Nuclear factor of activated T cells (NFAT), cytoplasmic 1 model

Mutant forms of TRPC6 can activate nuclear factor of activated T-cell (NFAT)-dependent transcription in vitro via calcium influx and calcineurin activation. These TRPC6 mutants can also cause FSGS, implying that NFAT activation may be a key intermediate step in the pathogenesis of mutant TRPC6-mediated FSGS. Wang et al. established a model of inducible NFAT activation, which revealed the influence of NFAT activation in TRPC6 mutations. Suppression of NFAT activity may contribute to the anti-proteinuric effects of calcineurin inhibitors [76, 77] (Table 2; Fig. 1).

Transcription factor 21 (Pod1) model

Tcf21 is a basic helix–loop–helix (bHLH) transcription factor which is highly expressed in developing and mature podocytes. Deletion of Tcf21 from podocytes and podocyte progenitors using podocin-cre (podTcf21) and wnt4-cre (wnt4creTcf21) driver strains, respectively, caused loss of Tcf21 from capillary-loop stage podocytes (podTcf21), resulting in simplified glomeruli with a decreased number of endothelial and mesangial cells. By 5 weeks of age, 40% of podTcf21 mice develop massive proteinuria and lesions similar to those of FSGS [78] (Table 2; Fig. 1).

Wilms tumor 1

Hall et al. reported a missense mutation of the transcriptional regulator Wilms’ Tumor 1 (WT1) as the cause of non-syndromic, autosomal dominant FSGS in two Northern European kindreds from the United States. They performed sequential genome-wide linkage analysis and whole-exome sequencing to evaluate participants from family DUK6524. They identified a segregating missense mutation (R458Q) in WT1 isoform D as the cause of FSGS in this family. WT1 (R458Q) overexpression significantly downregulated nephrin and synaptopodin expression, promoted apoptosis in HEK293 cells, and impaired focal contact formation in podocytes. This mutation can alter the regulation of podocyte homeostasis and causes non-syndromic FSGS [79] (Table 2; Fig. 1).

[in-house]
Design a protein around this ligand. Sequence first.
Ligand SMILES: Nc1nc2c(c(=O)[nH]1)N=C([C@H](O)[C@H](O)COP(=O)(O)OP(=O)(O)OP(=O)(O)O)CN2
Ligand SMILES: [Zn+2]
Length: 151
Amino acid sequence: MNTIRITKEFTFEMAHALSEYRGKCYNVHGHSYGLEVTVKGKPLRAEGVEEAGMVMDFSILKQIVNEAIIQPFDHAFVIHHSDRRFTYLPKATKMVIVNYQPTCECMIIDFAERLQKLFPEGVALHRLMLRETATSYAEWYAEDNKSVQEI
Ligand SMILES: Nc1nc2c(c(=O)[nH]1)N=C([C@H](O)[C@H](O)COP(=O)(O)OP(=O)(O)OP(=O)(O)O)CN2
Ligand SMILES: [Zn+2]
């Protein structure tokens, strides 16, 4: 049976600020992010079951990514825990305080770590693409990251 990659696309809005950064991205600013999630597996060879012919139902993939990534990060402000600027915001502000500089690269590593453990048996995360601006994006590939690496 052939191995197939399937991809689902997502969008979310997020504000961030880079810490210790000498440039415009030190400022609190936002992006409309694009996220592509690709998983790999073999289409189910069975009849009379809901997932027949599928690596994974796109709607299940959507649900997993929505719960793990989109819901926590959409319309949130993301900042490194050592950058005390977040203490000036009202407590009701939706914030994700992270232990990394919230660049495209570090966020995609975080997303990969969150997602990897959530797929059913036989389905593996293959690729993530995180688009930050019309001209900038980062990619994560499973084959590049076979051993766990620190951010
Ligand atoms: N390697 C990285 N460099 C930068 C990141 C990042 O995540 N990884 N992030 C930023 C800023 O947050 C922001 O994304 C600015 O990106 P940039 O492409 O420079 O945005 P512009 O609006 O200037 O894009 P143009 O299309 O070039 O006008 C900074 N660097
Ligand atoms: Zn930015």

Basement membrane

Rhophilin-1 model

Rhophilin-1 is a Rho GTPase-interacting protein, and its action on cytoskeleton organization is associated with inhibitory effects on Rho-dependent phosphorylation of the myosin regulatory light chain and stress fiber formation. Conversely, phosphorylation of myosin regulatory light chain was increased in podocyte foot processes of Rhpn1(−/−) mice, implicating altered actinomyosin contractility in foot process effacement and compromised filtration capacity. Rhophilin-1 KO mice were phenotypically normal at birth, but developed albuminuria at about 2 weeks of age. Kidneys from severely albuminuric mice revealed widespread podocyte foot process effacement, thickening of the glomerular basement membrane, and FSGS-like lesions. Rhophilin-1 is essential for the integrity of the glomerular filtration barrier and is a key determinant of podocyte cytoskeleton architecture [80] (Table 2; Fig. 1).